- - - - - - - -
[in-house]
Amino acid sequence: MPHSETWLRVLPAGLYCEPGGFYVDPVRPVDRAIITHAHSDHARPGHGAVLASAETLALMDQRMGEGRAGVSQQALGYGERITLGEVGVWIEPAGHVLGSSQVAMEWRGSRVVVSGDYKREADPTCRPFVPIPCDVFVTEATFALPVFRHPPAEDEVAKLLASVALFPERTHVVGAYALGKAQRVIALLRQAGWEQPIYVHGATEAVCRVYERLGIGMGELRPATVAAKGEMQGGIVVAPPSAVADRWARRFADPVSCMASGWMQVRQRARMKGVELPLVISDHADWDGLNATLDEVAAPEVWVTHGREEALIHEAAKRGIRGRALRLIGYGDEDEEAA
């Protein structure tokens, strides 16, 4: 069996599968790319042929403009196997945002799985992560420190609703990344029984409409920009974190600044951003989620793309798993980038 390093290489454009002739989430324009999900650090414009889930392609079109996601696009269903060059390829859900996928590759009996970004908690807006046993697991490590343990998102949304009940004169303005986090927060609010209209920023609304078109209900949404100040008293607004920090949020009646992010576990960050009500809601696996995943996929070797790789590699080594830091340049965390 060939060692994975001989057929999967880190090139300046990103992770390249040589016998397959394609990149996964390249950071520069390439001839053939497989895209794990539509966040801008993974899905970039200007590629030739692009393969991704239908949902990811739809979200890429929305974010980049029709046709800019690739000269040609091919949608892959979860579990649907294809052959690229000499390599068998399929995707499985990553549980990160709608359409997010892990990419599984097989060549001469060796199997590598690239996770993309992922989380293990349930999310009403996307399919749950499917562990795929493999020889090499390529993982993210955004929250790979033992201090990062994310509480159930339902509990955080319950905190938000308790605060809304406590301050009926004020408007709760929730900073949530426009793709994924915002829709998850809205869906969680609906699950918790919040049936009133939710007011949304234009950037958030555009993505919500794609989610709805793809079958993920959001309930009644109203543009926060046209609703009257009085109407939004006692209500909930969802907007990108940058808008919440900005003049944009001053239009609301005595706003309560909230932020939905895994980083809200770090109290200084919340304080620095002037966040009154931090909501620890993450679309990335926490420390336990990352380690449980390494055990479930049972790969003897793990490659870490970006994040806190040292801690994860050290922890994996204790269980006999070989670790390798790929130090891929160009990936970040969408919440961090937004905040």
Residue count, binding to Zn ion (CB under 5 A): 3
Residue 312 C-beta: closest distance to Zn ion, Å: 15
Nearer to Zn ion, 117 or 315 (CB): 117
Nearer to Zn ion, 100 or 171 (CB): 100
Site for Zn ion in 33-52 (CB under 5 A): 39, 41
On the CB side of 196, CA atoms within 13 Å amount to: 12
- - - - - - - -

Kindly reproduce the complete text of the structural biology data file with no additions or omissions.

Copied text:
[in-house]
Amino acid sequence: MPHSETWLRVLPAGLYCEPGGFYVDPVRPVDRAIITHAHSDHARPGHGAVLASAETLALMDQRMGEGRAGVSQQALGYGERITLGEVGVWIEPAGHVLGSSQVAMEWRGSRVVVSGDYKREADPTCRPFVPIPCDVFVTEATFALPVFRHPPAEDEVAKLLASVALFPERTHVVGAYALGKAQRVIALLRQAGWEQPIYVHGATEAVCRVYERLGIGMGELRPATVAAKGEMQGGIVVAPPSAVADRWARRFADPVSCMASGWMQVRQRARMKGVELPLVISDHADWDGLNATLDEVAAPEVWVTHGREEALIHEAAKRGIRGRALRLIGYGDEDEEAA
């Protein structure tokens, strides 16, 4: 069996599968790319042929403009196997945002799985992560420190609703990344029984409409920009974190600044951003989620793309798993980038 390093290489454009002739989430324009999900650090414009889930392609079109996601696009269903060059390829859900996928590759009996970004908690807006046993697991490590343990998102949304009940004169303005986090927060609010209209920023609304078109209900949404100040008293607004920090949020009646992010576990960050009500809601696996995943996929070797790789590699080594830091340049965390 060939060692994975001989057929999967880190090139300046990103992770390249040589016998397959394609990149996964390249950071520069390439001839053939497989895209794990539509966040801008993974899905970039200007590629030739692009393969991704239908949902990811739809979200890429929305974010980049029709046709800019690739000269040609091919949608892959979860579990649907294809052959690229000499390599068998399929995707499985990553549980990160709608359409997010892990990419599984097989060549001469060796199997590598690239996770993309992922989380293990349930999310009403996307399919749950499917562990795929493999020889090499390529993982993210955004929250790979033992201090990062994310509480159930339902509990955080319950905190938000308790605060809304406590301050009926004020408007709760929730900073949530426009793709994924915002829709998850809205869906969680609906699950918790919040049936009133939710007011949304234009950037958030555009993505919500794609989610709805793809079958993920959001309930009644109203543009926060046209609703009257009085109407939004006692209500909930969802907007990108940058808008919440900005003049944009001053239009609301005595706003309560909230932020939905895994980083809200770090109290200084919340304080620095002037966040009154931090909501620890993450679309990335926490420390336990990352380690449980390494055990479930049972790969003897793990490659870490970006994040806190040292801690994860050290922890994996204790269980006999070989670790390798790929130090891929160009990936970040969408919440961090937004905040």
Residue count, binding to Zn ion (CB under 5 A): 3
Residue 312 C-beta: closest distance to Zn ion, Å: 15
Nearer to Zn ion, 117 or 315 (CB): 117
Nearer to Zn ion, 100 or 171 (CB): 100
Site for Zn ion in 33-52 (CB under 5 A): 39, 41
On the CB side of 196, CA atoms within 13 Å amount to: 12